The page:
IT'S STRANGE TO THINK that novelists ever cared about the conflict between invention and imagination. Backed by mimetic tradition, they typically imagine characters who are like themselves or people they know, coping with realistic problems. Anyone who would invent a new way to tell a story risks being branded experimental. Successful inventors are called unreadable and obscure as they explore approaches to plot, character, and style that challenge conventional assumptions. So, why invent? Why bother readers with novels that call attention to themselves with bizarre forms, unnatural protagonists, and difficult language? For most readers and writers, the inspired imagination provides a richer, more fulfilling narrative than any monkeying around with technique could affect. But for a few, the rewritten conventions of realistic fiction fill a literary graveyard, where craft feeds off the corpses of art that had to die.

"But this story is invention only," and, "These people aren't real. I'm making them up as I go along," and, "Prose will kill you if you give it an inch, i.e., if you try to substitute it for the world," are lines that seem calculated to antagonize, as they hold court in Gilbert Sorrentino's 1971 book Imaginative Qualities of Actual Things, a brilliantly cynical examination of the problems facing the artist who would invent or make up an entire, self-contained world within the work. Eight character profiles compose what the author alternately poses as a novel and as "a collection of bits and pieces." Although figures are described thoroughly via details of the elements surrounding them, each remains essentially unimaginable, realized by the author yet not vulnerable to corruption by fantasies of the gentle reader. Things takes delight in disrupting the rules of fiction, in a form that must challenge in order to succeed.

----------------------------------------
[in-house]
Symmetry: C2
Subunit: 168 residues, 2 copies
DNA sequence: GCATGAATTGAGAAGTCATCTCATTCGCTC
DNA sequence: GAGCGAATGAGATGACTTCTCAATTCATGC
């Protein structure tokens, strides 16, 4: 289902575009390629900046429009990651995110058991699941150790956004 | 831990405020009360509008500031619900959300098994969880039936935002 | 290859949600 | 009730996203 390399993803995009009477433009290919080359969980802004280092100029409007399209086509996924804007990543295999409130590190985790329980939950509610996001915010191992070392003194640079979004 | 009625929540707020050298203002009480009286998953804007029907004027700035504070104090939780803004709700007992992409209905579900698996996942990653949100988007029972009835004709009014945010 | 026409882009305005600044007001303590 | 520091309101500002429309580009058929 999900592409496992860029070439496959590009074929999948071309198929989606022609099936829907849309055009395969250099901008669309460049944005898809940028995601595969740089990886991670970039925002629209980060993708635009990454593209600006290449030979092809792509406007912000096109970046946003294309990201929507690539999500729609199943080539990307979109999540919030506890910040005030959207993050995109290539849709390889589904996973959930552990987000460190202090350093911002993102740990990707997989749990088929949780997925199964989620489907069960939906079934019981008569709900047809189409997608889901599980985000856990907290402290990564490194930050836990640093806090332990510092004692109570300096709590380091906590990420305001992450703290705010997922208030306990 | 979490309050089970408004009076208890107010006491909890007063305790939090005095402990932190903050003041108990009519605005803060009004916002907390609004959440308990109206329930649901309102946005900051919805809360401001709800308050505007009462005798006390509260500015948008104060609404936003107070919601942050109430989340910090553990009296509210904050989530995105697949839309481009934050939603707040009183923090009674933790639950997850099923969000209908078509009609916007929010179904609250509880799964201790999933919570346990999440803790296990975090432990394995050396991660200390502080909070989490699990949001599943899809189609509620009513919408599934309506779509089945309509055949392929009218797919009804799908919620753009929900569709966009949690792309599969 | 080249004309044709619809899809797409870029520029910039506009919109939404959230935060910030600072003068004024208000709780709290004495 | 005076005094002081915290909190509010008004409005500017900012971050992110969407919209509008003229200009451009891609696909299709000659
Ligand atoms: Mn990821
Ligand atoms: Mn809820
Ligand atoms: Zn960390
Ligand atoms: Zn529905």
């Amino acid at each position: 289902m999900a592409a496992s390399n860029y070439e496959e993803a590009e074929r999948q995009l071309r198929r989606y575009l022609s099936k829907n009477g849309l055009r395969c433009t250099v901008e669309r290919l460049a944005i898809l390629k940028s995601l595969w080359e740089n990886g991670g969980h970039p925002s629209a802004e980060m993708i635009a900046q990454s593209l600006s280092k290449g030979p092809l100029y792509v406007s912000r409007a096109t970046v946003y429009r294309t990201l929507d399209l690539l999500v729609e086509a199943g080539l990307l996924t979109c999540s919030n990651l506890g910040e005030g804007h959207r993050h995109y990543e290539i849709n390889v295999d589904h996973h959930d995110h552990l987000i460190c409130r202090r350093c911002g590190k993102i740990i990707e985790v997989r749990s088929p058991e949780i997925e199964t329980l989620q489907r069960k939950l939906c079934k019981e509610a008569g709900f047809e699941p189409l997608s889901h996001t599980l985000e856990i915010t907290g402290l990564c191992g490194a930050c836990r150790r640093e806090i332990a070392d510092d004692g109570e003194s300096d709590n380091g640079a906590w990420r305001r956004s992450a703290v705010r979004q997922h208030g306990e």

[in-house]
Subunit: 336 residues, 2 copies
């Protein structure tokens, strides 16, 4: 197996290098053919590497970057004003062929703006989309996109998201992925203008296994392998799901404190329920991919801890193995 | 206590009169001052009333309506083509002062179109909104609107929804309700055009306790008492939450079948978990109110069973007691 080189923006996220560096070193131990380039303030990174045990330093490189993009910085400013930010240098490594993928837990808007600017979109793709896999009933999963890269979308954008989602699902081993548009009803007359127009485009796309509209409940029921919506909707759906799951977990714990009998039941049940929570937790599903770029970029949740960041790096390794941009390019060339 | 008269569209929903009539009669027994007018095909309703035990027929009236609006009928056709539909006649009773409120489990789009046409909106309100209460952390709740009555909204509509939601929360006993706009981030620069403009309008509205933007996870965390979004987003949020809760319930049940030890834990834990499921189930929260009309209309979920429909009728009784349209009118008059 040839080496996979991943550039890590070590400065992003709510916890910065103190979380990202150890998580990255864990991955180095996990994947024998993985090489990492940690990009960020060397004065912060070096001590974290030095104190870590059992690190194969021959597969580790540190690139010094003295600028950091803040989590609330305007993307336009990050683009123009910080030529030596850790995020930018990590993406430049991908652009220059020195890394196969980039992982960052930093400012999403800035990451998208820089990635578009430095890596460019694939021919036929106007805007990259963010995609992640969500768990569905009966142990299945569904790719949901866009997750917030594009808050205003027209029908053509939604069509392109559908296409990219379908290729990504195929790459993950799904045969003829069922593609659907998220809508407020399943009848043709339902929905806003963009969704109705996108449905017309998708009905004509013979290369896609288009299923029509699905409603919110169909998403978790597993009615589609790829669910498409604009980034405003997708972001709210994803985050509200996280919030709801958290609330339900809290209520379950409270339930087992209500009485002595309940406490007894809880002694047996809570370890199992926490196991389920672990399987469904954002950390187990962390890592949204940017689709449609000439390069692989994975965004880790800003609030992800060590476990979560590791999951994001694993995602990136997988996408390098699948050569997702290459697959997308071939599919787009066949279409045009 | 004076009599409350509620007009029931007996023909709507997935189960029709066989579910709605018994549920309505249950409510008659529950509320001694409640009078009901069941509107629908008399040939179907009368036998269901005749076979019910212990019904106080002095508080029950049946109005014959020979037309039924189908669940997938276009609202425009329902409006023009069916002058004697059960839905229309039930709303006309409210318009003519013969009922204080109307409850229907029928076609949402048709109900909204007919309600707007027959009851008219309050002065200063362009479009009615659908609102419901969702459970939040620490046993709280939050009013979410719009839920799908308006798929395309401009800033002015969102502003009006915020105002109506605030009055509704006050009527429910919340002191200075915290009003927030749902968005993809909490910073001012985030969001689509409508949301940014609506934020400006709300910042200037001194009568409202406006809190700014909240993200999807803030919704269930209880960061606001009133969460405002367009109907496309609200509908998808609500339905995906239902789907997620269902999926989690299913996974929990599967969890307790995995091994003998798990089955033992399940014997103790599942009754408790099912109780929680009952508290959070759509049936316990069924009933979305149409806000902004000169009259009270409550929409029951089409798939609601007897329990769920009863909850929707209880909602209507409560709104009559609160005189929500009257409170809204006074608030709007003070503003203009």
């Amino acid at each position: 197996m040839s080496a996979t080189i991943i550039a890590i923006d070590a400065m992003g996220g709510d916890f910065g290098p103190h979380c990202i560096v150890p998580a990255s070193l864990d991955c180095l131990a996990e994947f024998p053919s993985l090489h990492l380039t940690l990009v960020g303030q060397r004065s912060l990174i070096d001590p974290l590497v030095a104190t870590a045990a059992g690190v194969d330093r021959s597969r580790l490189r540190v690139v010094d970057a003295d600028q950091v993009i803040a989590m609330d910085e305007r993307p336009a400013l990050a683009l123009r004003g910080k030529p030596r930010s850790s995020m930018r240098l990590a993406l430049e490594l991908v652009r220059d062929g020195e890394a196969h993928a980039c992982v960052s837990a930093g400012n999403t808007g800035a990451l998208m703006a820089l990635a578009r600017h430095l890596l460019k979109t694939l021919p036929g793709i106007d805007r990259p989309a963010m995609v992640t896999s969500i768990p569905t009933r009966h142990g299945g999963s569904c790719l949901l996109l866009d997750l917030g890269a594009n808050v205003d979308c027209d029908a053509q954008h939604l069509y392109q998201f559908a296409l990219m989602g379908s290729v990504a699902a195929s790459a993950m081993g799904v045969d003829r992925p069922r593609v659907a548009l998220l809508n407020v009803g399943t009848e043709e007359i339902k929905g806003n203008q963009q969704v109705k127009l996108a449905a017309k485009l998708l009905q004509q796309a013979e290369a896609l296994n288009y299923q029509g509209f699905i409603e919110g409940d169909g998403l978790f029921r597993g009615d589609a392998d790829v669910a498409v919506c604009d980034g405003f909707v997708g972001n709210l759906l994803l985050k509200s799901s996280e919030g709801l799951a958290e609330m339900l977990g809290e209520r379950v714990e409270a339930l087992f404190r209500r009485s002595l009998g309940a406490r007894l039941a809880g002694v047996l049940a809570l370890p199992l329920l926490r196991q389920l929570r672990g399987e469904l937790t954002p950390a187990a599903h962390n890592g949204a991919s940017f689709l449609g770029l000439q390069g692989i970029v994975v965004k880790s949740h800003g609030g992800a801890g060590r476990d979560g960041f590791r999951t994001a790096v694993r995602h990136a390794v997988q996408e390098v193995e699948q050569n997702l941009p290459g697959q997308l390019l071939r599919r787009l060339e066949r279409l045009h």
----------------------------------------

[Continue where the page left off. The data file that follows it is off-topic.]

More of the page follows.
Throughout a career of 15 novels, nine books of poetry, and one book of criticism, Sorrentino has addressed the tension between form and content. While commercial fashion-demands simply assemble plot-driven novels that can pass for memoirs (and vice versa), he continues to be a fiercely inventive writer whose fiction often reaches a depth of feeling for lives truer than what seems imaginable.

In a letter, Sorrentino describes himself as a writer "who has always been convinced that form is actually and inevitably content, that the novel's ideas are inextricable from the novel's structure, and that the novel reveals, ultimately, the novelist. That is, that all his remarks on and opinions of his subject matter, his era, his culture, are filtered through him and cannot be trusted as anything but art."

Those tempted to trace Sorrentino's life story from fiction might heed the warning of the mid-1980s trilogy that has been reissued under the apt moniker Pack of Lies. The interdependent Odd Number, Rose Theater, and Misterioso set out to get a fix on an event by presenting a variety of viewpoints expressed in thought and speech, largely through the allegedly respectable technique of legal interrogation. At the end, the truth, the whole truth, and nothing but the truth is scarcely more evident than it is at the beginning.

Sorrentino's need to break the mold of his art form has produced a wonderfully maddening variety of work. I love the power and beauty of his best books, but, even after learning that Crystal Vision was based on the tarot deck and that parts of Blue Pastoral are based on fugue forms or the names of Dixieland tunes and French writers, I'm mystified by the commitment Dalkey Archive has made to reprint all of his books, including work that may be superficially repulsive. There's something to admire, though, in this kind of commitment.